It was without a doubt a rewarding experience to be able to consume some of our own home grown produce, seeing it grow from tiny seeds into something nourishing to both the body and mind. Herbs especially were a useful item, and just being able to take what was needed as they are often expensive in the grocery store and a large bunch is rarely needed or utilized before it begins to wilt.

The final verdict of our first summer growing season can only be described as a successful failure. While we surely would have starved to death if we had to subside on the amount of produce we yielded it was definitely an insightful and humbling experience. It left us much better prepared to maximize our micro growing area next summer, learning from our first-time mistakes. It really makes you appreciate how much land and continued effort is actually required just to feed two people.

Our biggest mistakes: starting slightly late, being over ambitious and attempting to plant too many varieties while overcrowding our growing containers, and, finally, underestimating the amount of sun required from the beginning. While everything eventually flowered or produced lush green leaves our only true successes of the summer were the peas, parsley and chives from seeds, along with cherry tomatoes and strawberries that we purchased as plants. Like every new thing, the next time will be that much better.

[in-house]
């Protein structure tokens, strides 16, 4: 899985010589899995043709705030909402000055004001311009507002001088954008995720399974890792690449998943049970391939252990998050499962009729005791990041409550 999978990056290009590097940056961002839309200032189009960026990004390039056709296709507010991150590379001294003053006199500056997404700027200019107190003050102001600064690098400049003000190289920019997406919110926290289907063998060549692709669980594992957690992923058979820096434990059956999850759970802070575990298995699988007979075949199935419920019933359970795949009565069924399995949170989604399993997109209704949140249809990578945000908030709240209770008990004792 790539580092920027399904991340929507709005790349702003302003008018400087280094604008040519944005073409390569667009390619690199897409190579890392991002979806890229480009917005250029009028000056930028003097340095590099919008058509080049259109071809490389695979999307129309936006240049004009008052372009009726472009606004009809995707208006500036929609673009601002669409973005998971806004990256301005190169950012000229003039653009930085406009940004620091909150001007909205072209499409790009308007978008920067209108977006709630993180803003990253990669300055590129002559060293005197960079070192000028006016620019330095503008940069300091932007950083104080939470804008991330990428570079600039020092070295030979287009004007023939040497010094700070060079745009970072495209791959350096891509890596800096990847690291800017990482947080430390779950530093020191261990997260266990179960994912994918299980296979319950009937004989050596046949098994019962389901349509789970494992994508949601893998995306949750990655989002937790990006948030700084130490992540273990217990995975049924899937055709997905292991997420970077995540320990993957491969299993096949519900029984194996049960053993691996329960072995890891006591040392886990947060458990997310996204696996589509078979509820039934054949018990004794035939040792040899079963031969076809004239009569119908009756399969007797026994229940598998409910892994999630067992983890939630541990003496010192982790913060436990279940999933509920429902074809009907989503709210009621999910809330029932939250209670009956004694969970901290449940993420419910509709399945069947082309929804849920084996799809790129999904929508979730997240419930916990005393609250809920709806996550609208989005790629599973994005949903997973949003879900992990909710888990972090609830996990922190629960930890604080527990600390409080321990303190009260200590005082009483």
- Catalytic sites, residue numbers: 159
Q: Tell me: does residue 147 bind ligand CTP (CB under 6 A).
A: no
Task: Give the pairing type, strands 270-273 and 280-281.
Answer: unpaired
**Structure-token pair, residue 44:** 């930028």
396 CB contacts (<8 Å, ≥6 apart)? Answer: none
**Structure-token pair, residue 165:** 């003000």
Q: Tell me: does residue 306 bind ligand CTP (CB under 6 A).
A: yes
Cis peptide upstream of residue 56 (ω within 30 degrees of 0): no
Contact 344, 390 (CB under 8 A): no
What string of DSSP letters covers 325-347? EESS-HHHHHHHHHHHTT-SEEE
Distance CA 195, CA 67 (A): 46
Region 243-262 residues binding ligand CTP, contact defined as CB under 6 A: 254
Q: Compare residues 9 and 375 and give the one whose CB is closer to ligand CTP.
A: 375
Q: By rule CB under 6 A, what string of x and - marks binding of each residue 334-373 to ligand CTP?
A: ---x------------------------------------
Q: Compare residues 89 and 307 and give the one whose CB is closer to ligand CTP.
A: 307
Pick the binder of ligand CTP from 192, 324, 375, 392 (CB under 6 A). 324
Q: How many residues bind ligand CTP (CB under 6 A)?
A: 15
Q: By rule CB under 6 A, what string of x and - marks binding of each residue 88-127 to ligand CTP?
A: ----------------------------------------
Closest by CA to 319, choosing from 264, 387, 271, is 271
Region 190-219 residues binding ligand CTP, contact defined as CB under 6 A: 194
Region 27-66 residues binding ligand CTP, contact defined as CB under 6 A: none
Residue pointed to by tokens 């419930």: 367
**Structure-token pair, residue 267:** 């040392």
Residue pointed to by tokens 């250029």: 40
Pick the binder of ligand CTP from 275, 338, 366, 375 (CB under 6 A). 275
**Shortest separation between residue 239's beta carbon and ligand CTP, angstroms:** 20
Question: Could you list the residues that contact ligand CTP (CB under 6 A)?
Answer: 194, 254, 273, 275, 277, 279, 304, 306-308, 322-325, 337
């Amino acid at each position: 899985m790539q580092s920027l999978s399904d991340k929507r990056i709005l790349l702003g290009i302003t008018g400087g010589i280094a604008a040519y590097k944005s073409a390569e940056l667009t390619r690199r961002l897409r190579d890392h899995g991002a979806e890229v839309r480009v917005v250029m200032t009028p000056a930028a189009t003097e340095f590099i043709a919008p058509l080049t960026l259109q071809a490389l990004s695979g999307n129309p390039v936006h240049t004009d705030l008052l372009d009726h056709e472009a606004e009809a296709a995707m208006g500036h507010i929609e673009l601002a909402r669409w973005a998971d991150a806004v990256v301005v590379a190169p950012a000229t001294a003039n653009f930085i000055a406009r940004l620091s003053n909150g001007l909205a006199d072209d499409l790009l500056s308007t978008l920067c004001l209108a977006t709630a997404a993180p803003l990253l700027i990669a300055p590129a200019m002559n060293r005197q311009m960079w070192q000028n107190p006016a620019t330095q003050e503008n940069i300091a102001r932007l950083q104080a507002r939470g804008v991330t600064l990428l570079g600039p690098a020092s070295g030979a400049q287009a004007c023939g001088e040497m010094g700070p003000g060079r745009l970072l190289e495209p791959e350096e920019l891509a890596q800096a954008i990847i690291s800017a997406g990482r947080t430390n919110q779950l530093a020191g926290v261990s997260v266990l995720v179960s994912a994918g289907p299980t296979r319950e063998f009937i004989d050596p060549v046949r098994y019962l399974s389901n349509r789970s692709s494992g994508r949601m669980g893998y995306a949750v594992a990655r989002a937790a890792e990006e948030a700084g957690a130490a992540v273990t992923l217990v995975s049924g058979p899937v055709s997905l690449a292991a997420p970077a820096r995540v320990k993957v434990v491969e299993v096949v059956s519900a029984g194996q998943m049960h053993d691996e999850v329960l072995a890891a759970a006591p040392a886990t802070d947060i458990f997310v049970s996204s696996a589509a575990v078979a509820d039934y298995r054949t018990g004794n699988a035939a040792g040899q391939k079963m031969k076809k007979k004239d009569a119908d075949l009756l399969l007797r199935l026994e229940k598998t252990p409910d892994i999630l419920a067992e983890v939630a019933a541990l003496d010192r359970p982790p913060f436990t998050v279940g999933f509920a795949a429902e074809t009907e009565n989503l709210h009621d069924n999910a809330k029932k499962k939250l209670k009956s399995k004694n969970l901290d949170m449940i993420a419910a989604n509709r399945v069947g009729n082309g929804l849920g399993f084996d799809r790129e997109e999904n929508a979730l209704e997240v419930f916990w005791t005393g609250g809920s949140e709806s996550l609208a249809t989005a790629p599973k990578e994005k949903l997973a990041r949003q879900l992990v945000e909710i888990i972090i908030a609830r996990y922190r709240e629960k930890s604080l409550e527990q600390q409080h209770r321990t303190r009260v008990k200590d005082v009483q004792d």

While growing produce may not be feasible for all residents due to space limitations and inadequate sun exposure, those who would like to put their green thumbs to work and try a hand at growing can do so thanks to the Whistler Greenhouse Project, which is run through the Whistler Community Services Society.

With the goal of promoting social and environmental sustainability, the project will be going into its sixth growing season next summer with 72 boxes available for rent at three different locations in Spruce Grove, Alpha Lake Park and Myrtle Philip Community School.

Those who are able to reserve a space can rent a box for a fee of $60 per season which runs spring until fall and includes soil, fertilizer, a variety of organic seeds, water, a crash, gardening course and lots of ongoing support. In turn, growers are asked to donate ten percent of their harvest to the local food bank.

With the addition of the new green house at Alpha Lake park this year, the project is now at capacity but WCSS encourages neighbourhoods and strata units to begin their own projects and they are available to provide all of their data and advice on how to maximize setting up your own greenhouse project.